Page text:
The IMPOWR field program began in fall 2012 and continued through summer 2015, extending the analysis begun by CBLAST both geographically and seasonally. The goals of this paper are to provide an overview of the IMPOWR experiment and to describe a few case studies to further motivate the research. The cases illustrate a coastally enhanced flow event near Nantucket island and a New York Bight jet along the New Jersey coast.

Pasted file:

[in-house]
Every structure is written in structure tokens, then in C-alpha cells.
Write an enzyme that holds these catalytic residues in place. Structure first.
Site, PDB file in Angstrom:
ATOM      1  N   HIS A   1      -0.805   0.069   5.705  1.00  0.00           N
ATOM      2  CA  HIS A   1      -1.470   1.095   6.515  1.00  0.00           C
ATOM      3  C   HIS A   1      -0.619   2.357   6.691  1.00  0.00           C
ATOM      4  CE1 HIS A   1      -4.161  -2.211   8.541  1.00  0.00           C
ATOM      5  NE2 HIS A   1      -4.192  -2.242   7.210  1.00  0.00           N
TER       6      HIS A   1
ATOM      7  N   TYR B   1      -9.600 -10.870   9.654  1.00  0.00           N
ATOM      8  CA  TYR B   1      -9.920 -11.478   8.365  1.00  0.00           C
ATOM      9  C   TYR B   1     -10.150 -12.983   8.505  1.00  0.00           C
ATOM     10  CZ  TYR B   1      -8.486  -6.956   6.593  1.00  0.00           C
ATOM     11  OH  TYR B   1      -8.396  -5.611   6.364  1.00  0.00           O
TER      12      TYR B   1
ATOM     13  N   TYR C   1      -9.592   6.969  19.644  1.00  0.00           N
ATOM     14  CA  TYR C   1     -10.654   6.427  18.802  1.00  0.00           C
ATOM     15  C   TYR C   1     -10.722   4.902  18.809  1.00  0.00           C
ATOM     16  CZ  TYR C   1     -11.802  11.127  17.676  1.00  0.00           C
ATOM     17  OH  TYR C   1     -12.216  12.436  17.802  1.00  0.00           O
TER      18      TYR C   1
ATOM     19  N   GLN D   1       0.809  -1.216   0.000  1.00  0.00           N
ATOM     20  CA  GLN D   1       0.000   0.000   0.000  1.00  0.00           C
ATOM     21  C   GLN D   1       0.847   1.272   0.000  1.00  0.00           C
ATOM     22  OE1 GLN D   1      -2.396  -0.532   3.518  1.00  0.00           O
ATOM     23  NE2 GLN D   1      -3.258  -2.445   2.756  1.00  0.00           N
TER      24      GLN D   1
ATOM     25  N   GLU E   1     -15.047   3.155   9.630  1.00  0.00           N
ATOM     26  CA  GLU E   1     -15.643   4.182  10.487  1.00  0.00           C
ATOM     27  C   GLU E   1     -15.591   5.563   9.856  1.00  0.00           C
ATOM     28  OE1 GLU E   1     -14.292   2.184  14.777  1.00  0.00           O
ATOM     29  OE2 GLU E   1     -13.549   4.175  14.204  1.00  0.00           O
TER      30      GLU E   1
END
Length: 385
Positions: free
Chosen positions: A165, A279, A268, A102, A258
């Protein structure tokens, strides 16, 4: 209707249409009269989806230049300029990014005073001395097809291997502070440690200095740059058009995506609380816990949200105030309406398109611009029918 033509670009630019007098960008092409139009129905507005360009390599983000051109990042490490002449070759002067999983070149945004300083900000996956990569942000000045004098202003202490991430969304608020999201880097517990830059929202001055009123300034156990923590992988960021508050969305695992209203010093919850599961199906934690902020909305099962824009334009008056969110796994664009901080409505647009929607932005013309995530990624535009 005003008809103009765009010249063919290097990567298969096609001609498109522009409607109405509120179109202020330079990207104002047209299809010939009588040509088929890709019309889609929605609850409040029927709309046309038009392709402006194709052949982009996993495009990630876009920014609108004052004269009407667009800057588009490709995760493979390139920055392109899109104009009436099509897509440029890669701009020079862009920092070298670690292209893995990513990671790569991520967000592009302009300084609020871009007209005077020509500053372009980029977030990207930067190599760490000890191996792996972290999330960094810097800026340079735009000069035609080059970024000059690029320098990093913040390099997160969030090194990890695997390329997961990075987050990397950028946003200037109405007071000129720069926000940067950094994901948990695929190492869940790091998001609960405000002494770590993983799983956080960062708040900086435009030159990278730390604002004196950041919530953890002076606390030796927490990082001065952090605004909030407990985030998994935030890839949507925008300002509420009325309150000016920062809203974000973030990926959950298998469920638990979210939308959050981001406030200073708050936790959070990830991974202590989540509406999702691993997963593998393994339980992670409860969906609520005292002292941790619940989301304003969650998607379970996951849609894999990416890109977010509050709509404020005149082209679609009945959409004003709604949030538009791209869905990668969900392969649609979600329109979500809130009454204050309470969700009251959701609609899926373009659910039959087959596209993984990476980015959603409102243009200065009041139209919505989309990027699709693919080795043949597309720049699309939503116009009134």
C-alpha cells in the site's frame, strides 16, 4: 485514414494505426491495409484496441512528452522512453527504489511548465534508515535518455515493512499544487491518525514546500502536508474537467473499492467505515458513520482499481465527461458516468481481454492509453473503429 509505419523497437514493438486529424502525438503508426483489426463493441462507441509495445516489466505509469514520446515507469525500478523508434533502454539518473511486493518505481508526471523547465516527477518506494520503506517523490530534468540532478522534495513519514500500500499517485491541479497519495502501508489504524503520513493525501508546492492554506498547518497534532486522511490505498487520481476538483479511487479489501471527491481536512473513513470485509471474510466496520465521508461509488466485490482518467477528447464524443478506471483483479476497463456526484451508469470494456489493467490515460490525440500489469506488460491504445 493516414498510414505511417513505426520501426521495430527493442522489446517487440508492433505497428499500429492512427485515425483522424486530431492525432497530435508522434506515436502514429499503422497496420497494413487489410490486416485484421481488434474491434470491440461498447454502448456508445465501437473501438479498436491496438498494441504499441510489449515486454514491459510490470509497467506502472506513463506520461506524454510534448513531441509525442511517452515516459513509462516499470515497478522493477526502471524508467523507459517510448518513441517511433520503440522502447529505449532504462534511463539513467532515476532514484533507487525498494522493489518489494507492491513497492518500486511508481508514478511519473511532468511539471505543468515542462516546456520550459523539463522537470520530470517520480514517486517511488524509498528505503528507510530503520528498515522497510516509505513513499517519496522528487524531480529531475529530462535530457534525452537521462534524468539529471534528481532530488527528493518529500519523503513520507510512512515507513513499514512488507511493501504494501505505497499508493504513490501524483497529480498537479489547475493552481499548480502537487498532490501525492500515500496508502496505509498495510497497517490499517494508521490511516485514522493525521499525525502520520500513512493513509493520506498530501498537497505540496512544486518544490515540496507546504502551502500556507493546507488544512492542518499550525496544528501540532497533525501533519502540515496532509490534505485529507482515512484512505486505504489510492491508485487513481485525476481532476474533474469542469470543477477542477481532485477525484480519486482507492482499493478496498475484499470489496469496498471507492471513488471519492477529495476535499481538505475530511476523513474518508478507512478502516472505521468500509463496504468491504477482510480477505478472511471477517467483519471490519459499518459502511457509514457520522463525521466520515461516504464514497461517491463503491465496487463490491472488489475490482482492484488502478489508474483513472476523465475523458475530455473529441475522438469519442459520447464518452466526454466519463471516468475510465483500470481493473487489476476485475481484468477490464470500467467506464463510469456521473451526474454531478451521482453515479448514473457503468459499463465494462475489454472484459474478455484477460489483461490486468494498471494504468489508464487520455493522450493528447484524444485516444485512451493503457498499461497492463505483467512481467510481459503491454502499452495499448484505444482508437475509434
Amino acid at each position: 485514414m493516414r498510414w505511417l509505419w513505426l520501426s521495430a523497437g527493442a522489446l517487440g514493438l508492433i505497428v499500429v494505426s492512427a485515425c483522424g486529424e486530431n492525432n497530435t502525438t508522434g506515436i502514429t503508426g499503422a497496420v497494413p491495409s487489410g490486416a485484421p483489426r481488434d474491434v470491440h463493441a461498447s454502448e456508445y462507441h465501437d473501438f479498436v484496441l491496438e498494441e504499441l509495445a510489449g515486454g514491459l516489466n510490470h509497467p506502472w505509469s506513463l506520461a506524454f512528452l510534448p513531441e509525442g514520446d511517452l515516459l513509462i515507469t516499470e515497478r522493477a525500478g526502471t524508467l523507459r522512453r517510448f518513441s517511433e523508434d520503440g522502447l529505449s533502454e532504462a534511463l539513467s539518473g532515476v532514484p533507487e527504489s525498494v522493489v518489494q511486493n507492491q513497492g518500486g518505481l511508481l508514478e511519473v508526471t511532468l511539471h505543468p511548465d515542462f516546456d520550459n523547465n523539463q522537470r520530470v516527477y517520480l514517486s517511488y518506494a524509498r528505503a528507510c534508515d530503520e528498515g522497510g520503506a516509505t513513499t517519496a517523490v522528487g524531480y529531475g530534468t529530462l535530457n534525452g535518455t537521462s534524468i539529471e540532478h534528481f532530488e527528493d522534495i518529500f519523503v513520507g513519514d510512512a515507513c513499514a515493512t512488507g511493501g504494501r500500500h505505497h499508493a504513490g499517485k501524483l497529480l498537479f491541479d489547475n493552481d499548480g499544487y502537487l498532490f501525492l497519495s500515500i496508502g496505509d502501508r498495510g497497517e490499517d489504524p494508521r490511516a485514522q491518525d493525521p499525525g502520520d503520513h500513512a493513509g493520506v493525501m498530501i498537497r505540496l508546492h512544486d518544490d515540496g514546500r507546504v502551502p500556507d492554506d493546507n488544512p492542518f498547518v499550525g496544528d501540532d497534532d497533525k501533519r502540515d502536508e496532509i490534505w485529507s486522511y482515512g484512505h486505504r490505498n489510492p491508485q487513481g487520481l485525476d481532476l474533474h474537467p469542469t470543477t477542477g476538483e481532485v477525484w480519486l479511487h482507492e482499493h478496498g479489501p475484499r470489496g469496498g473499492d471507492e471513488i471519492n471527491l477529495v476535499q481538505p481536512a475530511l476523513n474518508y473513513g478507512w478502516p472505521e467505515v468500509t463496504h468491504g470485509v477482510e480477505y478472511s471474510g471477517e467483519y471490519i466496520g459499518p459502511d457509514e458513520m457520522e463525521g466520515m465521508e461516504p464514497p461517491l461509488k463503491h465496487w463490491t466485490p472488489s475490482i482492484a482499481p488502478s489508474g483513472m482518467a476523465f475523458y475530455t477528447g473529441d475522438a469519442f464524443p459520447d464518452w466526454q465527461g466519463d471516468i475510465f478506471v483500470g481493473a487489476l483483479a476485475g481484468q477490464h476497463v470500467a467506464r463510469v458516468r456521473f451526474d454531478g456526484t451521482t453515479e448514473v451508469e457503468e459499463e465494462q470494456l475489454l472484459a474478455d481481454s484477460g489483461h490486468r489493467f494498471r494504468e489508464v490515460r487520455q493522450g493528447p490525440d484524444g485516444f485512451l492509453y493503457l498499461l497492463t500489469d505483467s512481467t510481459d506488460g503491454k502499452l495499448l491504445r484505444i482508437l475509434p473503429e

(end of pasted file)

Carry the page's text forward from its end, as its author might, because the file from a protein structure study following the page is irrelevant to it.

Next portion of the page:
IMPOWR DESIGN. Observations. A number of different in situ observational datasets were used during the IMPOWR experiment. Surface observations over the coastal waters were obtained from the National Data Buoy Centers moored buoys and Coastal Marine Automated Network stations, while surface land observations were available from National Weather Service (NWS) Automated Surface Observing System stations (Fig. la). Except for the NWS radiosondes over eastern Long Island [Upton, NY (OKX)] and coastal Massachusetts [Chatham (CHH)], which provided 12-hourly observations of temperature, moisture, and winds throughout the PBL, all other datasets were at a single fixed height. Through a partnership with CW, historical data from the CW meteorological mast (Figs. lb,d) were acquired, consisting of continuous 10-min observations of wind speed and direction at 20, 41, and 60 m and temperature and pressure at 10 and 55 m above the sea surface over Nantucket Sound during 2003-11. As depicted in Fig. 2a, there is a strong seasonal cycle in wind speed at the CW tower, with the average winds gradually decreasing during the spring and early summer months, as diurnal circulations dominate synoptically driven systems, followed by a rapid increase of wind speed in October, as the synoptic pressure gradients increase. The winds at all three levels follow the same annual cycle, but the winds at 60 m are generally 10%-20% faster than at 20 m. Wind directions at the 20-m level of the CW tower have a strong seasonal signal too (Fig. 3), with southwesterly winds prevailing in the summer as a result of circulation around the offshore Bermuda high, while more frequent cold-air outbreaks from the North American continent result in more westerly to northwesterly winds during the winter.